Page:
Dr Luke Reedman is a Senior Research Scientist at the CSIRO. A version of this article was also published on [email protected]. Reproduced with permission

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4 Comments
  1. suthnsun 6 years ago

    “So, we have it all in hand I guess.” A surprisingly depressing comment. I guess it feeds into long term gut level frustration that Australians will talk and study endlessly spending time and dollars.
    Yet (or hence?) we have no agreed big picture strategy which gets us where we need to be and the time frames are collapsing as we speak. The contrast with some other countries is very stark.

  2. Keith 6 years ago

    How come carbon capture and storage gets a mention? Given that new coal is already more expensive than new solar, how could coal + CCS possibly compete on price as CCS adds at least 30% to costs? Any CCs technologies carry the risk that the stored CO2 will escape some time in the future. So it is time to just say that we are approaching the end of coal.

    Suthsun, I agree with you. Existing solar and wind will get us a long way (already demonstrated in South Australia) so time to get on with it. I’m sceptical that leaving the planning to the existing fossil fuel mob (who control the shots now) is the way to do it. That’s just a recipe for obfuscation and delay.

    By 2050 we need to be long past any fossil fuel contribution or it won’t be a happy future.

  3. Louise 6 years ago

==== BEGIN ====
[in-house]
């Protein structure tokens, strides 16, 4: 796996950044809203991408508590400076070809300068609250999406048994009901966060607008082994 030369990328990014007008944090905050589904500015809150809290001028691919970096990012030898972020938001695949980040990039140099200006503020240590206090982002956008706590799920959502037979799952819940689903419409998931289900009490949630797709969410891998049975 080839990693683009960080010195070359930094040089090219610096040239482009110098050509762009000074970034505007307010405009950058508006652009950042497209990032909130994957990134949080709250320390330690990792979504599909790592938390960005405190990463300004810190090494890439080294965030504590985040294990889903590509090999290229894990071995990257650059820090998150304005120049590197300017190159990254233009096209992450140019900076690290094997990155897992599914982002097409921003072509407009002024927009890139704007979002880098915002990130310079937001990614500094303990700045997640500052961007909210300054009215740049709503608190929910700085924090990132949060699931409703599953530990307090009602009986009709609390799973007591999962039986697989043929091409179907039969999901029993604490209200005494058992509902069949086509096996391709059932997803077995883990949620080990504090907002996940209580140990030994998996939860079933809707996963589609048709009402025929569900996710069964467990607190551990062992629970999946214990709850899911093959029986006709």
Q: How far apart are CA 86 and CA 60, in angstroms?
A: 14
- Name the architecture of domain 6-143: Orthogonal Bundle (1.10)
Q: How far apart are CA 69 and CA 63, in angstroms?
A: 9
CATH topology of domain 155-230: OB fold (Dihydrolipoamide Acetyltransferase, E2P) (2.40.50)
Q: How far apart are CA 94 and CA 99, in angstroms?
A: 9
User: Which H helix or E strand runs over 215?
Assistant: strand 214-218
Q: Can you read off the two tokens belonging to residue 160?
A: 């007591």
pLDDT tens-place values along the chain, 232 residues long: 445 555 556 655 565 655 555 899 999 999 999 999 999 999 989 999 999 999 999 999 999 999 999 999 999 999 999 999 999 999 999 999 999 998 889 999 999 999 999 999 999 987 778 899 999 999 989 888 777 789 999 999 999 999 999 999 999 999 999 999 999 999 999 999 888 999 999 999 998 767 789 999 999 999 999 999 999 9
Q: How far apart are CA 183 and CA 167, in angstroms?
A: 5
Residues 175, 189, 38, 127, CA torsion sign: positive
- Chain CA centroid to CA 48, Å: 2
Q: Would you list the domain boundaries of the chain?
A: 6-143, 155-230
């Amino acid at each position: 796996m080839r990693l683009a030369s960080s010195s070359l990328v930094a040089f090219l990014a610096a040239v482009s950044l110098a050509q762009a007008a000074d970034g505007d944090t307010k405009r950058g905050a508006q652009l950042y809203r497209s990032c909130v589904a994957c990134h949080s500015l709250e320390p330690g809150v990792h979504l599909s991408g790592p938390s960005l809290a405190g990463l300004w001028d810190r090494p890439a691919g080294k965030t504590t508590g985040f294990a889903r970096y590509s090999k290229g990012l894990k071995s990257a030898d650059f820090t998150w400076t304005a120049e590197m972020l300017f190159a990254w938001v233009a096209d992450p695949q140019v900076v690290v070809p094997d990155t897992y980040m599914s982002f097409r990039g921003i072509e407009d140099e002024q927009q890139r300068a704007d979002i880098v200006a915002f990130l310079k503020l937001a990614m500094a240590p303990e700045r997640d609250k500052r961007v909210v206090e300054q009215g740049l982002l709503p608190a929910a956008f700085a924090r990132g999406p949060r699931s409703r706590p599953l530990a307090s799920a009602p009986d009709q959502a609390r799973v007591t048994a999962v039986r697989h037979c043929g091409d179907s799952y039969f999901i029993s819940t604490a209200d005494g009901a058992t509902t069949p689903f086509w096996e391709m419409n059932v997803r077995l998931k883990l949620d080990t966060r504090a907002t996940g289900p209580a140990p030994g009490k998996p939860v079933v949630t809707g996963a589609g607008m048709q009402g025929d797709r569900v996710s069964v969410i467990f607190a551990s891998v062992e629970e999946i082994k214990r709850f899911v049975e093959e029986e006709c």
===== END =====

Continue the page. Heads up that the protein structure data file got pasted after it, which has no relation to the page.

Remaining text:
It is absolutely irrational and absurd to spend $240 billion dollars on the grid when the money would provide far better results if it were invested in making every structure in Australia an off-grid/energy autonomous structure.

    The grid fantasy is a path back in time. We might as well go back to horse draw carriages.

    In Germany large industrial complexes/companies are in the process of installing their very own large scale PV power plants or wind turbines, as it is more economical, calculated over the life of the system, to go off-grid.

    The illusion that we need the grid is rapidly evaporating.
    An expensive illusion I might add.

  4. Louise 6 years ago

    If you build new buildings/residential subdivisions, then it is cheaper to build island/off-grid energy autonomous buildings than to continue the old way of laying cables to houses.

    The old way is becoming rapidly functionally obsolete.

    It costs approximately $20,000 dollars per dwelling if you build a new residential subdivision and put cables in the ground.

    If the developer of a residential subdivision would purchase PV equipment the houses could be electrified permanently for the same amount of money.

    If you were to order 1000 times 10kW PV panels and inverters you could be purchasing at high volume wholesale price, which is as low as US$0.45 FOB per watt for PV panels and US$110 FOB per kW inverter capacity, and have the goods ship to an Australian port.

    After adding up all the accumulating costs involved and added the 10% GST you would end up with a price of less than Au$7500 dollars for 10kW PV panels and inverters.

    You would still have the cost of installing the equipment.

    How much does that cost?

    Total cost . equipment cost . installation cost
    $20,000 minus $7,500 equals $12,500.

    Even if the cost of installation were to cost $12,500 dollars to install a 10kW solar system, (the gold plated price), it would be as expensive as providing the electricity connection to a residential home.

    The difference is the energy self-sufficient house would not have the quarterly electricity bills that the grid connected house has.

    There is something seriously wrong with the way we keep insisting on propping up regional monopolies.

    Go 100% renewables now, not in 100 years from now.

    .